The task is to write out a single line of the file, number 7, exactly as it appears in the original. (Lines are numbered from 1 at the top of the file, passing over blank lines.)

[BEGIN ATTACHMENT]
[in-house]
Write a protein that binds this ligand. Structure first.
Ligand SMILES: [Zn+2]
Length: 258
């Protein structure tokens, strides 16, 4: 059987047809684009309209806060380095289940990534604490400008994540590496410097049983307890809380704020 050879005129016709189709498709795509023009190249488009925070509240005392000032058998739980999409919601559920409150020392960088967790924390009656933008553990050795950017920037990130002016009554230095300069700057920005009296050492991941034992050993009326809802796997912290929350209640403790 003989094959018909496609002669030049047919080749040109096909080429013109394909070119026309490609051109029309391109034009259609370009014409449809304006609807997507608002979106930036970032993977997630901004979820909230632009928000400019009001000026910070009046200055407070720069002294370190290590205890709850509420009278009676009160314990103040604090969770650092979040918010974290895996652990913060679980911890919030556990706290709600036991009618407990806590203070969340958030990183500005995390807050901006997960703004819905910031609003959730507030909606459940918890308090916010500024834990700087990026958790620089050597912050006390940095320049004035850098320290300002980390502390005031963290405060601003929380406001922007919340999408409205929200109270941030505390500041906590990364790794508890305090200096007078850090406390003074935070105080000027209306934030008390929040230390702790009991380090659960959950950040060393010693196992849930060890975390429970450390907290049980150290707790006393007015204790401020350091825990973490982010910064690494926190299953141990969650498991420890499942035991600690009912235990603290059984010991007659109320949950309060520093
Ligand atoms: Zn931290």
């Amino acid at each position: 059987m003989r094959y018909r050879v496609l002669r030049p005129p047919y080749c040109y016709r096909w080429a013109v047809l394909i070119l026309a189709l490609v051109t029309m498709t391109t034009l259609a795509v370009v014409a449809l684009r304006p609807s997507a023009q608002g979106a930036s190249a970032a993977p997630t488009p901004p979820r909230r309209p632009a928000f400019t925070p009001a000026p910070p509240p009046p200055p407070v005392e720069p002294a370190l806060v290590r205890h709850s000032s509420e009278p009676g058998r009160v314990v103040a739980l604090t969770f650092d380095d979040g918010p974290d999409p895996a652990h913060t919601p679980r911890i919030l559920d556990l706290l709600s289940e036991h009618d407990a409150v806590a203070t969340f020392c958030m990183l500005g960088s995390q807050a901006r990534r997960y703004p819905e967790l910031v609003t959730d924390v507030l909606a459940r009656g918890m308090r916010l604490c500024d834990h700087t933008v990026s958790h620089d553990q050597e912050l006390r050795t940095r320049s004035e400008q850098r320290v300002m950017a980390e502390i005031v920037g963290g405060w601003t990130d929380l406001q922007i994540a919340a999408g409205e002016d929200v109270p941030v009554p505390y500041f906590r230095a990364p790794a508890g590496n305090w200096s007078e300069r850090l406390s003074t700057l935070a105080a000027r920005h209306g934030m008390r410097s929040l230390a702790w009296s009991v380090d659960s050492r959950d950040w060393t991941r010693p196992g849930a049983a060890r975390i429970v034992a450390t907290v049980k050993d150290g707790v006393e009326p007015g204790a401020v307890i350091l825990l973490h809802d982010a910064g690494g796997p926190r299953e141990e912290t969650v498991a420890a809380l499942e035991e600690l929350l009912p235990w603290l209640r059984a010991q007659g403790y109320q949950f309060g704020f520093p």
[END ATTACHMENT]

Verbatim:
């Amino acid at each position: 059987m003989r094959y018909r050879v496609l002669r030049p005129p047919y080749c040109y016709r096909w080429a013109v047809l394909i070119l026309a189709l490609v051109t029309m498709t391109t034009l259609a795509v370009v014409a449809l684009r304006p609807s997507a023009q608002g979106a930036s190249a970032a993977p997630t488009p901004p979820r909230r309209p632009a928000f400019t925070p009001a000026p910070p509240p009046p200055p407070v005392e720069p002294a370190l806060v290590r205890h709850s000032s509420e009278p009676g058998r009160v314990v103040a739980l604090t969770f650092d380095d979040g918010p974290d999409p895996a652990h913060t919601p679980r911890i919030l559920d556990l706290l709600s289940e036991h009618d407990a409150v806590a203070t969340f020392c958030m990183l500005g960088s995390q807050a901006r990534r997960y703004p819905e967790l910031v609003t959730d924390v507030l909606a459940r009656g918890m308090r916010l604490c500024d834990h700087t933008v990026s958790h620089d553990q050597e912050l006390r050795t940095r320049s004035e400008q850098r320290v300002m950017a980390e502390i005031v920037g963290g405060w601003t990130d929380l406001q922007i994540a919340a999408g409205e002016d929200v109270p941030v009554p505390y500041f906590r230095a990364p790794a508890g590496n305090w200096s007078e300069r850090l406390s003074t700057l935070a105080a000027r920005h209306g934030m008390r410097s929040l230390a702790w009296s009991v380090d659960s050492r959950d950040w060393t991941r010693p196992g849930a049983a060890r975390i429970v034992a450390t907290v049980k050993d150290g707790v006393e009326p007015g204790a401020v307890i350091l825990l973490h809802d982010a910064g690494g796997p926190r299953e141990e912290t969650v498991a420890a809380l499942e035991e600690l929350l009912p235990w603290l209640r059984a010991q007659g403790y109320q949950f309060g704020f520093p």